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General Celestron NexStar 8se

Tracy

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Telescopes

William Optics 103mm
Celestron NexStar 8SE


For those that may have one of these telescopes and just getting into imaging, I made one of the typical new owner mistakes. Was playing around and decided to use a QHY5L-II-C (bought for a tracking camera on my Williams Optics tube). I "assumed" that you simply placed the camera in the diagonal like you do a regular eyepiece. Well, the old saying about assuming bit me.
What I ended up doing was using the diagonal/eyepiece to locate the object (in this case Jupiter) and focused in on it using a 9mm eyepiece. Then I discovered you have to remove the diagonal and eyepiece and attach the camera directly to the scope. I was using SharpCap and my screen for live view was black. Slow adjustment of the focusing knob resolved that issue.
The viewing that night wasn't that great as we had a thin layer of upper level clouds and a lot of dust in the air. This is a single exposure photo that I got of Jupiter, with minimal processing of any type. If you look closely, you can tell it is Jupiter. :D

View media item 4
This is the very first photo I have taken with a scope... and I'm at the very beginning of my journey. I hope that the batter camera I have on order will do a better job than the $100 QHY5L.
 

OhNo

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I own a 8" SCT, the first mistake is learning to do AP with this scope. The Focal Length makes is difficult to guide. Not to mention it being f/10 (aka Slow) at gathering light. Once the principles of how AP works with the gear and capture software is is do-able.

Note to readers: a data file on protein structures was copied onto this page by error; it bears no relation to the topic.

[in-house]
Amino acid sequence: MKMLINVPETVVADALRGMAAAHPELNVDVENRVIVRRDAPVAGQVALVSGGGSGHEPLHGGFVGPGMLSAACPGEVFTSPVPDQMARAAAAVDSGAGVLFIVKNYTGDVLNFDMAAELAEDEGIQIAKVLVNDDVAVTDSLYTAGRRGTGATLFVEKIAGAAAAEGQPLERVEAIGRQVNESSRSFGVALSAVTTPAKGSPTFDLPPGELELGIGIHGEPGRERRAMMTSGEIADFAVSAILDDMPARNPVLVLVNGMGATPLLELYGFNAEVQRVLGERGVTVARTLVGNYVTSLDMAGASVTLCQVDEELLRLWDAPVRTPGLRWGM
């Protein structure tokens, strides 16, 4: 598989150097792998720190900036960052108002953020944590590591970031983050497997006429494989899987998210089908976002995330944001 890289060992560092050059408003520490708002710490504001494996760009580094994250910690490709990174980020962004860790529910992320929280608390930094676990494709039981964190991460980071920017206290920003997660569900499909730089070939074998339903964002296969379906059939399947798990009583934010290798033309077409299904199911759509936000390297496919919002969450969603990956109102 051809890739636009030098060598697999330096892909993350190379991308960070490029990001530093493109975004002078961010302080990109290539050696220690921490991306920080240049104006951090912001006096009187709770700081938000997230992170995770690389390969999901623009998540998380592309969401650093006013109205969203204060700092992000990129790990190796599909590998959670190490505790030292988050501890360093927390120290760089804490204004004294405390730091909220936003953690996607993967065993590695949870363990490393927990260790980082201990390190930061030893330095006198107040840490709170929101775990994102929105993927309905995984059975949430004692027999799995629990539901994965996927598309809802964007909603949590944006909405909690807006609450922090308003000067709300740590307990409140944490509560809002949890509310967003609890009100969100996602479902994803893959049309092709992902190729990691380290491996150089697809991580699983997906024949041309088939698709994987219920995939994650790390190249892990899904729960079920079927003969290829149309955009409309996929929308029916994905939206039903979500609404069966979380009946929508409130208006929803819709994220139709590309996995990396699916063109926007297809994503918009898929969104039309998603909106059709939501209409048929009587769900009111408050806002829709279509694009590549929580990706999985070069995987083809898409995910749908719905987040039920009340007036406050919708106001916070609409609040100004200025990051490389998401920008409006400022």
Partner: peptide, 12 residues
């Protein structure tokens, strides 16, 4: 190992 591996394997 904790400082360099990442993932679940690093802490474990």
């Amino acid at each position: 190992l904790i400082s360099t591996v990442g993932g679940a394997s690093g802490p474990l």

But I guess if the equipment budget is tight....... AP as a rule is expensive. The best bang for your buck starts with a GOOD mount. Ypu are off to a pretty good start, admitting you made a boo-boo is quite a few steps into the AP rabbit hole! LOL
 

Tracy

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Telescopes

William Optics 103mm
Celestron NexStar 8SE


But I guess if the equipment budget is tight....... AP as a rule is expensive
The NexStar (or the orange tube line) have been around since the early 80's... and I was familiar with them. It was primarily purchased for use only with solar objects, which even the NexStar base can track well enough for the exposure times used for planets and most other solar bodies.

I grabbed this image from the NexStar using my ASI585MC - but it didn't have enough spacers to get the suggested 105mm back space.


It doesn't help that the QHD camera was a low cost one, and originally purchased for the 50mm guide scope on my WO ZenithStar 103mm (upgraded that camera to an ASI290mm).

The best bang for your buck starts with a GOOD mount.

The Williams Optics kit came with a decent beginners mount.. the EQ35M. It's right at the borderline of weight for the size scope it is... but so far it's working well for simple viewing. Once I put the other stuff on will be the tell-all.
 
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